Syaoran reveals that the culprit is a Clow Card, which he sensed when Yamazaki vanished. This replaces most of Sakura's fear with determination to get her friends back.
If you're wondering why I haven't made light of the fear the characters felt, I would guess that I would not have maintained my composure if I had been there at ten years old. Consider the oft-repeated legend, or rather plot device in myths and legends, of kamikakushi. If nothing else, anime has taught me that old mystical-looking structures in deep caves often hide some incredibly sadistic ritual from the ancient past. See also: Higurashi no Naku Koro ni (or the English title When They Cry), the kamikakushi arc of Detective Academy Q, sola, AIR, the game Fatal Frame… mind you, with the stories about faeries (the old ones, Seelie/Unseelie and whatnot) and such, this is by no means a uniquely Japanese thing.
In short, if you truly don't believe in ghosts or the supernatural, well and good. But if you're ten years old and you know that ghosts exist (remember, Sakura can sense them but not see them), you've got all these stories which grown-ups tell each other and believe, thus giving them a sort of legitimacy not shared by the usual "the bogeyman will get you if you're bad" stories.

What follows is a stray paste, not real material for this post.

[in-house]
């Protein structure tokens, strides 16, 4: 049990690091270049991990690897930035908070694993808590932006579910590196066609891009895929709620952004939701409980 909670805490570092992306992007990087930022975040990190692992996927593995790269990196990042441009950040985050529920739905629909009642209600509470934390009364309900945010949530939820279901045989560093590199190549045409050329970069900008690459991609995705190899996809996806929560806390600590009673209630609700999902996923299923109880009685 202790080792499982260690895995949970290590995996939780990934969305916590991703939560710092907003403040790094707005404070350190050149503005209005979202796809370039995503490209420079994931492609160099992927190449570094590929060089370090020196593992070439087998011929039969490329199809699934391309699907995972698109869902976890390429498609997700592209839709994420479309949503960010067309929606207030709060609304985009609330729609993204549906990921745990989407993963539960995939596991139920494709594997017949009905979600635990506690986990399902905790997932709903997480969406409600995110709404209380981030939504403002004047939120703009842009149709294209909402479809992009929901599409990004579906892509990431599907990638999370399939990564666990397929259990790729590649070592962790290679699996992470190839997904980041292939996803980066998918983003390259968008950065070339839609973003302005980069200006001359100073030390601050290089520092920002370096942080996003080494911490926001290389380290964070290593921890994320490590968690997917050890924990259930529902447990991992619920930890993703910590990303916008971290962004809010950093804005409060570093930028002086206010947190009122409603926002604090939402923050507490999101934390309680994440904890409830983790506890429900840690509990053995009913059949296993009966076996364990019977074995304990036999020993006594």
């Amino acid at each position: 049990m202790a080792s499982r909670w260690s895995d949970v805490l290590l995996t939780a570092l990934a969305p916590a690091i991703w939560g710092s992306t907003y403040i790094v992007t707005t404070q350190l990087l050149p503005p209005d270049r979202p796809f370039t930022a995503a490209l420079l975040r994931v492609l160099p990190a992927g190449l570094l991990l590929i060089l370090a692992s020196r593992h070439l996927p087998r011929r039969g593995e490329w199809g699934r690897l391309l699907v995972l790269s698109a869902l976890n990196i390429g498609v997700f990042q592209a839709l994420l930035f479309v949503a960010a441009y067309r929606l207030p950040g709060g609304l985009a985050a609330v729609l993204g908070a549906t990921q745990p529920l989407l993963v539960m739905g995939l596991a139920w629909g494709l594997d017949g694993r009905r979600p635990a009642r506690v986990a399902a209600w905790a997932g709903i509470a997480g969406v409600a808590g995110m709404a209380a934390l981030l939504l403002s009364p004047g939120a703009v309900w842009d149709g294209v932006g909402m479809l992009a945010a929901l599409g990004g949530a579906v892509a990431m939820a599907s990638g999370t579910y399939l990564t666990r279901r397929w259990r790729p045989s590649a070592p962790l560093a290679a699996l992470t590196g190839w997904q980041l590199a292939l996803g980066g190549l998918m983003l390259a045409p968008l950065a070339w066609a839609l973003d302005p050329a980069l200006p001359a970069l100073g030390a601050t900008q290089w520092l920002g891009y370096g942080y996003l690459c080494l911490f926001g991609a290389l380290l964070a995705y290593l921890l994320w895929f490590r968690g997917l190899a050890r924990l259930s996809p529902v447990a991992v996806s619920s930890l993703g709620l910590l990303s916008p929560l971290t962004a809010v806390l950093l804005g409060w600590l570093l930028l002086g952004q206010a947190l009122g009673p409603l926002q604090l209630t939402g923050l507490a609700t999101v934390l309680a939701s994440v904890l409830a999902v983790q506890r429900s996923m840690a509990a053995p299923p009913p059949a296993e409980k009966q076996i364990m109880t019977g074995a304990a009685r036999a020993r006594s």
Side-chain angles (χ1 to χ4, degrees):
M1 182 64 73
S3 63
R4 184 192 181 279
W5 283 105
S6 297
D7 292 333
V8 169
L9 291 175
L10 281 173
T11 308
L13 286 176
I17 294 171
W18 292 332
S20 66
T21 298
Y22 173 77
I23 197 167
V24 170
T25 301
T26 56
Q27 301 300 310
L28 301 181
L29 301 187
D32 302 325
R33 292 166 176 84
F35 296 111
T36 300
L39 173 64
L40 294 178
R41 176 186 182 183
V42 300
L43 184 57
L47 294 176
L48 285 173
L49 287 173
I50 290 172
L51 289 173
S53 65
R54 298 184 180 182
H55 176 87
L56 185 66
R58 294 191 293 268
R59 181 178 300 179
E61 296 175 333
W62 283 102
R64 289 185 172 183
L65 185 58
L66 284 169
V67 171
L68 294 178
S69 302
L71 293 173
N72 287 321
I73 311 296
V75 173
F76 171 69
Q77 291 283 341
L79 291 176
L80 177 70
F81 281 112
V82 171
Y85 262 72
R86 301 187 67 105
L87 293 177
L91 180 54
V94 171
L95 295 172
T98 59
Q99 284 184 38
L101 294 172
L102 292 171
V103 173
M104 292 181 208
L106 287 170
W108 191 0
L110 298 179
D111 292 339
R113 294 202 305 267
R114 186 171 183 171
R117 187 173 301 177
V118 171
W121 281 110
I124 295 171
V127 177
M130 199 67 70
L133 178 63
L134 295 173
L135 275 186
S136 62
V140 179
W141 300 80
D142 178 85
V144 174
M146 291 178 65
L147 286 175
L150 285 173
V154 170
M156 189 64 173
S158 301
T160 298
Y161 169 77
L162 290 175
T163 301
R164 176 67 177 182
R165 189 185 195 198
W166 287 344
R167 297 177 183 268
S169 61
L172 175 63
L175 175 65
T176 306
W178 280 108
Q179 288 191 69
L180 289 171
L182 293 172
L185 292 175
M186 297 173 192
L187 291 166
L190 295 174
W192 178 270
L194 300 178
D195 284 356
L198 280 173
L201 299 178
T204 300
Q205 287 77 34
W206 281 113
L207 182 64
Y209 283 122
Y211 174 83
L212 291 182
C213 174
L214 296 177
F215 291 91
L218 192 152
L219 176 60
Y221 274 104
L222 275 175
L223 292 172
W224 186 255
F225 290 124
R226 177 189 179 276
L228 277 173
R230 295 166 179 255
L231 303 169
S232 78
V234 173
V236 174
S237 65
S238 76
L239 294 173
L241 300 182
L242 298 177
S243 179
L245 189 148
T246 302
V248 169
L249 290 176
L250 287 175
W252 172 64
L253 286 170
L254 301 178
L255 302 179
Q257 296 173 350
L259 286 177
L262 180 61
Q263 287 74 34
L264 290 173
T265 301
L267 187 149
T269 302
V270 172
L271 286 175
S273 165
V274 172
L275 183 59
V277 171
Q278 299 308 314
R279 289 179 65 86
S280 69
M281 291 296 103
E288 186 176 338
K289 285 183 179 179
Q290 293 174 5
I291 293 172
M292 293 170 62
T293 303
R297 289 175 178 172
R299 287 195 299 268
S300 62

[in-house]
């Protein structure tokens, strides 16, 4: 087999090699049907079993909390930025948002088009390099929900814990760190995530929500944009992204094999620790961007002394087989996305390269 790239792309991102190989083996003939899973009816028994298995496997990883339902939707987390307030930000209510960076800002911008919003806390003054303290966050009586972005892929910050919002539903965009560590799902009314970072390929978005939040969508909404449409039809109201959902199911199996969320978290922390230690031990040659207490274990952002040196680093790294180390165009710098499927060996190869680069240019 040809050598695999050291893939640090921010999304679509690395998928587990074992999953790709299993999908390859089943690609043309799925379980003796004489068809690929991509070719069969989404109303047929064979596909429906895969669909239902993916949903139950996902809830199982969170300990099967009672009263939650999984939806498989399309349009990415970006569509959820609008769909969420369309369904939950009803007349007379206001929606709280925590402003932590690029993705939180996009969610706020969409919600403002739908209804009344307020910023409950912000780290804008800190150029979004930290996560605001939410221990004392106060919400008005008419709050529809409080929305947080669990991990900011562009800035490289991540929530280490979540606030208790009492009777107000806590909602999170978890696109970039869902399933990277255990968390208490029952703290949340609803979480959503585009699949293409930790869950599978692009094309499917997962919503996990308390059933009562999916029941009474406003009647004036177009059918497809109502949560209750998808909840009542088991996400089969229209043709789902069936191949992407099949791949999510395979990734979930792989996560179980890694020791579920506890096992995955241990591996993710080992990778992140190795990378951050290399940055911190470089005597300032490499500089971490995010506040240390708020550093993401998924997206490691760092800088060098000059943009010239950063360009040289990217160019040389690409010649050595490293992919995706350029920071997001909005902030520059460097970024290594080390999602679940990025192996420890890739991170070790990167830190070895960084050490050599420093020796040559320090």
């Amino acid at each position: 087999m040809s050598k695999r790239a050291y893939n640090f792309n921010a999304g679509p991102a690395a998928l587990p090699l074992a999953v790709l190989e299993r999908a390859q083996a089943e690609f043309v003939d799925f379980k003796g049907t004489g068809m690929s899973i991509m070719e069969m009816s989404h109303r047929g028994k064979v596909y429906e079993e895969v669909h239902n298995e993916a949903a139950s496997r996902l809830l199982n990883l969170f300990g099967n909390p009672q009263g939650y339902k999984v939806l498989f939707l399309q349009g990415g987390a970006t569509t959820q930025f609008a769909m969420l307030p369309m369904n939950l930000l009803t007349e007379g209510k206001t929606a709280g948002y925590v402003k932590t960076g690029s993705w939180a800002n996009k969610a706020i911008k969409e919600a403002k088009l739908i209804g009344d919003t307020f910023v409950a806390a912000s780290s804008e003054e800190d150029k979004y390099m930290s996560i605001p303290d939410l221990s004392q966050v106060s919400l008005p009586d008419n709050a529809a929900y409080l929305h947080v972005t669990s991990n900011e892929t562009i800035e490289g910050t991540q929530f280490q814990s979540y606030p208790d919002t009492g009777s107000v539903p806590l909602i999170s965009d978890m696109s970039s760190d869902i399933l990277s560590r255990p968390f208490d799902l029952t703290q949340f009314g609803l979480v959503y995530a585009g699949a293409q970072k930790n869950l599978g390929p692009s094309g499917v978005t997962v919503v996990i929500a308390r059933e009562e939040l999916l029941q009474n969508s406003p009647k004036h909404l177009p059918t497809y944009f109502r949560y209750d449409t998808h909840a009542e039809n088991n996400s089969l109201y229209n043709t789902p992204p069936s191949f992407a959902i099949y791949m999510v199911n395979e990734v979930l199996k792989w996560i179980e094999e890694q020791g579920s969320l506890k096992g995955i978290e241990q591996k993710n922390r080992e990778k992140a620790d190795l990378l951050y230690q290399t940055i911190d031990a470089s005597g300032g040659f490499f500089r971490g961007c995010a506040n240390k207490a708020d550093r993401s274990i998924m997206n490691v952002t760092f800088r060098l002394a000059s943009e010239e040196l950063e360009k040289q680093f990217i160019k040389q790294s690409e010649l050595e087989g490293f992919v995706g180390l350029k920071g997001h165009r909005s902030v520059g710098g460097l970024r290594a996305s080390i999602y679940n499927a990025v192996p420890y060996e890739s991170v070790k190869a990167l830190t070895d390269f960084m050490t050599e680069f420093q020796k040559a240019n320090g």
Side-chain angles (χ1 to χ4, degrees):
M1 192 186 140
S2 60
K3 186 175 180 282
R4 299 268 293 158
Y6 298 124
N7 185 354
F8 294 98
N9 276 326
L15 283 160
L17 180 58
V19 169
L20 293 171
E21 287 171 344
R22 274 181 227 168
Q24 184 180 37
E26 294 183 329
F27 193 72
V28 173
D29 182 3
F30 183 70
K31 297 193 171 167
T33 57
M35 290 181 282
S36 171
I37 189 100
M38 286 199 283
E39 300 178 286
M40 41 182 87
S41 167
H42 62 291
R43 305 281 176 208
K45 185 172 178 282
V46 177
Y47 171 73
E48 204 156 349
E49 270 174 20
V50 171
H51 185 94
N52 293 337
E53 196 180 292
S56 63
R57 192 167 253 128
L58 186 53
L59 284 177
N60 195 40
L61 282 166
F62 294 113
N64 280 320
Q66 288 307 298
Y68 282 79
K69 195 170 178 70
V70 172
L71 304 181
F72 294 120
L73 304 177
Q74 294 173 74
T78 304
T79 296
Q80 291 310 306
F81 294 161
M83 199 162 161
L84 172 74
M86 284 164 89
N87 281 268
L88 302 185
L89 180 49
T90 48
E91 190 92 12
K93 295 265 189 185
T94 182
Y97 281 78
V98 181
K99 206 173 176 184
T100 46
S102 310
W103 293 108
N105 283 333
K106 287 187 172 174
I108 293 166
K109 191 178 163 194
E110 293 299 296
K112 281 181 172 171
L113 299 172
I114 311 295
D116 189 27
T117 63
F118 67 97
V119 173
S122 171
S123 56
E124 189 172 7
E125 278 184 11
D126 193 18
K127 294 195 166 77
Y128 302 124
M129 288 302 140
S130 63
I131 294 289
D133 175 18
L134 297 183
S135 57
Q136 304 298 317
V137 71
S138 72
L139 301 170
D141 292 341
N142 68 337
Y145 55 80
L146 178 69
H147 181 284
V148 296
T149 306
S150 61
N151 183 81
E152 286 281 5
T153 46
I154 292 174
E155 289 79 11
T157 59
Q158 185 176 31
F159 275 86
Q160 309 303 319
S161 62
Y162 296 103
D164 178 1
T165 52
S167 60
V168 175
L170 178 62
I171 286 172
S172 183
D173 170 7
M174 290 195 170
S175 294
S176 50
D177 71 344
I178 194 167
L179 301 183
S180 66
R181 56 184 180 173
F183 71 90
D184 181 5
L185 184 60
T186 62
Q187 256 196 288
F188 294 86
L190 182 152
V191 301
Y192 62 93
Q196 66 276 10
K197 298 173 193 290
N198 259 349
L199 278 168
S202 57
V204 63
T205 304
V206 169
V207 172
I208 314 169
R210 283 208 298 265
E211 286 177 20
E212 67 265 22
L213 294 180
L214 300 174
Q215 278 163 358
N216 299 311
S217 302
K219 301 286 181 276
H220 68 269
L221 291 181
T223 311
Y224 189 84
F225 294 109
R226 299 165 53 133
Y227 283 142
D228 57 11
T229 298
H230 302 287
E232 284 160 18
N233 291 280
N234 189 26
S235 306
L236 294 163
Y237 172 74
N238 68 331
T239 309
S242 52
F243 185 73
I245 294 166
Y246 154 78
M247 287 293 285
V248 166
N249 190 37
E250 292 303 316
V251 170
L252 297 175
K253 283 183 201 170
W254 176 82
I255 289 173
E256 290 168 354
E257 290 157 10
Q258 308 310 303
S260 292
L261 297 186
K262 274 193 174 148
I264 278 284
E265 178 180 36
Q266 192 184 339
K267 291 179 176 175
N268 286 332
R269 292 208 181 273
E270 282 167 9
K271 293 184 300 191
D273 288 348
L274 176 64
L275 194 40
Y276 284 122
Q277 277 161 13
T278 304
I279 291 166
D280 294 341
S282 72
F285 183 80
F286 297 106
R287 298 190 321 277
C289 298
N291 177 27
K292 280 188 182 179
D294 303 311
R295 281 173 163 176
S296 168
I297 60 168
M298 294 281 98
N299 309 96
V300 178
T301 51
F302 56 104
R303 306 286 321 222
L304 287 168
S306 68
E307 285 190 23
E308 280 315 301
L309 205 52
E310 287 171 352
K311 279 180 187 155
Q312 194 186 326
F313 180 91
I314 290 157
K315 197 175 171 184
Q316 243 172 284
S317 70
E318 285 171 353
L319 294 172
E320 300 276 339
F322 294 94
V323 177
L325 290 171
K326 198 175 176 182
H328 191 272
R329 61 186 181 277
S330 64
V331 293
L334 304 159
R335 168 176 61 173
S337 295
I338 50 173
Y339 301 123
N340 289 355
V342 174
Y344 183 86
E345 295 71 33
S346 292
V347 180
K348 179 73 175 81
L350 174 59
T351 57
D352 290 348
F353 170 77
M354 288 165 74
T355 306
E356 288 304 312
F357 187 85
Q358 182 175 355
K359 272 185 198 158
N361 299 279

However! Being that we have established by now that this is a Clow Card, which is a Known Factor, I can go back to the gags and cheap laughs, especially with Syaoran's ANCIENT CHINESE LASER BEAMS, but that reference will probably not make sense to many.
Sakura conveys herself and Syaoran across the bridgeless moat, which almost looks deliberately landscaped or at least chosen for its convenient watery barrier, using the Float card. At the other side, Syaoran begins to disappear, and Sakura, in what is probably a significant amount of foreshadowing, exclaims that she does not want to be alone.